China Camp these days is a state park in Marin County, California. Surrounded by the beauty of the west coast, the park welcomes thousands of visitors a year and is known for its picturesque hiking and biking trails. It sits proudly on the National Register of Historic Places because of its important history and prevalence in California.
Prior to the 1700s, the area now known as China Camp State Park was inhabited by indigenous Coast Miwok people, who specialized in harvesting, fishing, and hunting the unforgiving coastal region. After the 1775 arrival of Spanish conquistadors, the Miwok were displaced from the area within 100 years. In 1884, the Spanish then granted much of the land to Timothy Murphy, an Irish settler who soon became mayor of San Rafael, California. In 1846, Murphy lost most of the land and died shortly after, the land then falling into the hands of two Sonoma county businessmen, John and George McNear. They established a massive dairy ranch, quarry, and brickyard in the area and soon realized they needed employees to keep the businesses running smoothly.
Soon, they started to employ a large number of Chinese immigrants, who then began to settle in the area.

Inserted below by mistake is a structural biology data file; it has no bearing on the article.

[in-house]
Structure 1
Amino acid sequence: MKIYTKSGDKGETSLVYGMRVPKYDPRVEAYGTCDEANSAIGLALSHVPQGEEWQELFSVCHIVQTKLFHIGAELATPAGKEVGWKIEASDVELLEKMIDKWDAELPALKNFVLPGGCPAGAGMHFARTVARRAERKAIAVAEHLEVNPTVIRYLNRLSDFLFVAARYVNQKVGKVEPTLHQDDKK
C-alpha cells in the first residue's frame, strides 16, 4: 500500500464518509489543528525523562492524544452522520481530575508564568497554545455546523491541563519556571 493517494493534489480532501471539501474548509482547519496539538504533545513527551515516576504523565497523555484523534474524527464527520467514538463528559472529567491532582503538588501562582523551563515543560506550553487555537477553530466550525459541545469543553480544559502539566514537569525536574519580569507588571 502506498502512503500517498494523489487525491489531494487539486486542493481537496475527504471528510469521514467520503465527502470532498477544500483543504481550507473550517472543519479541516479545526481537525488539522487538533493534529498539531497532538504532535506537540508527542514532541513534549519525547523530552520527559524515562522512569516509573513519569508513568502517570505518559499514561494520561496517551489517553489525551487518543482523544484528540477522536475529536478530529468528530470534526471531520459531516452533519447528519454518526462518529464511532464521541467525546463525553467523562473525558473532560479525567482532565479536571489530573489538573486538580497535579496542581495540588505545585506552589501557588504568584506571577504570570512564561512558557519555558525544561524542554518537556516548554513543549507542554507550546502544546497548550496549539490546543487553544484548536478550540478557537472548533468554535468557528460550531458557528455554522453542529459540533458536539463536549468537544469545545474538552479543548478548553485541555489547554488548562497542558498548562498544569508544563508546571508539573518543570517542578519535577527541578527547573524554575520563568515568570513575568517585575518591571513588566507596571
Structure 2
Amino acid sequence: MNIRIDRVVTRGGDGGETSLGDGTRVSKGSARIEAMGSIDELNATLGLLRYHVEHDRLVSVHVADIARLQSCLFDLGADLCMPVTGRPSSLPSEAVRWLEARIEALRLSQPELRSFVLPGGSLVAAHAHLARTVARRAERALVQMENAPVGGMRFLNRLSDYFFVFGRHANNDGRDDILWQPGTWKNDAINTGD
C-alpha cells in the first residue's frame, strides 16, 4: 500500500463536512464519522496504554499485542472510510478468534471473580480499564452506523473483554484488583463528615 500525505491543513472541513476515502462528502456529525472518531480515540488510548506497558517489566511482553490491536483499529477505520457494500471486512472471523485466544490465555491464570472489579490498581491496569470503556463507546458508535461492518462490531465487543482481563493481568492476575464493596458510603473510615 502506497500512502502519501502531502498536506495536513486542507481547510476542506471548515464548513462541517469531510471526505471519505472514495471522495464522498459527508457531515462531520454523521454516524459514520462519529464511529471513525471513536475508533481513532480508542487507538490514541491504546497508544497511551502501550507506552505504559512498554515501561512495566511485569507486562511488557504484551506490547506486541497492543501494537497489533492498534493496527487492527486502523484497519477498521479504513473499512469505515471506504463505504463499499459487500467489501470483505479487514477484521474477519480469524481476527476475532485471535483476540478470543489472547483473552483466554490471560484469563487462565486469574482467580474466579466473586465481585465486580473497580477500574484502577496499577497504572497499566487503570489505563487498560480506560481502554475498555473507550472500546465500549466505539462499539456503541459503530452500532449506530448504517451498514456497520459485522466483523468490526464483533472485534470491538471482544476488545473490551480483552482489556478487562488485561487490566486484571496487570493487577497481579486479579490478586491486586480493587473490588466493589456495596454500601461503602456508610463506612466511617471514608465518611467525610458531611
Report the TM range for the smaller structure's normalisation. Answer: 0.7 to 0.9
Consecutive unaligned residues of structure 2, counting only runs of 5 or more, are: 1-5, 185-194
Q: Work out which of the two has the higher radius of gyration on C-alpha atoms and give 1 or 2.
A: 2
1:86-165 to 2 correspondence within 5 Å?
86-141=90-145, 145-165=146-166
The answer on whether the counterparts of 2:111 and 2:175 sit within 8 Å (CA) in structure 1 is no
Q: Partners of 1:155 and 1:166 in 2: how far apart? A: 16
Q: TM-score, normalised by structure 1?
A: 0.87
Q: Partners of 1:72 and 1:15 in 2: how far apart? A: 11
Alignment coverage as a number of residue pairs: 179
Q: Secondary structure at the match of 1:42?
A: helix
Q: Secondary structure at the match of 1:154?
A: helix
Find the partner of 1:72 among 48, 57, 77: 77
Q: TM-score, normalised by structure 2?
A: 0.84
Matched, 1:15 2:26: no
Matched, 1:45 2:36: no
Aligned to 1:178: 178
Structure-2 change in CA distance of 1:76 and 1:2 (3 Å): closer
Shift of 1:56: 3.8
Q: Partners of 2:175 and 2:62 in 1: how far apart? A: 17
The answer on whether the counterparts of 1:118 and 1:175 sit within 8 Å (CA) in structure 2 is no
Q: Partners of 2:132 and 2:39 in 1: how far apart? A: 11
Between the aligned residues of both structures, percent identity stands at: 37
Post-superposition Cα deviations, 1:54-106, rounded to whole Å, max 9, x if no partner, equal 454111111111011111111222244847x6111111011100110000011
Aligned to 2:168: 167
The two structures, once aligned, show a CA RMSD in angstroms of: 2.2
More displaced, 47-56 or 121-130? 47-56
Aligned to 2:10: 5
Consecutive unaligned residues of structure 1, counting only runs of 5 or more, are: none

How China Camp Got Its Name
By the mid-1880s, Chinese Americans had established a settlement of about 500 people in a village they called China Camp. Many of these villagers were originally from Canton, China, and supported themselves and their families here by shrimp fishing in San Francisco Bay. The village had three general stores, a barbershop, and a marine supply shop at its peak. China Camp was one of about twenty-six other shrimp-fishing villages along the coast that supported Chinese American immigrants fleeing San Francisco due to racial prejudice and persecution.
Following the 1906 San Francisco earthquake, the population of China Camp ballooned as nearly 10,000 residents of San Francisco’s Chinatown fled the destruction and mayhem.
In the late 1800s, the Chinese American fishermen of China Camp were catching close to 3 million pounds of shrimp per year, but with the passing of laws in the early 1900s that outlawed the export of shrimp, the population of China Camp declined rapidly, leaving only a few families remaining. By the 1960s, most of the surrounding area was owned and controlled by land developer Chinn Ho. In the early 1970s, Gulf Oil expressed interest in large-scale development in the area, including high-rise condos and commercial settings. Local residents and conservation groups protested, which led to the land being sold for 2.3 million dollars in 1976 to the California State Parks Foundation, who in turn sold it to the state of California to create China Camp State Park. Chinn Ho donated the 36-acre site of China Camp Village for preservation and as a living memorial to Chinese American history.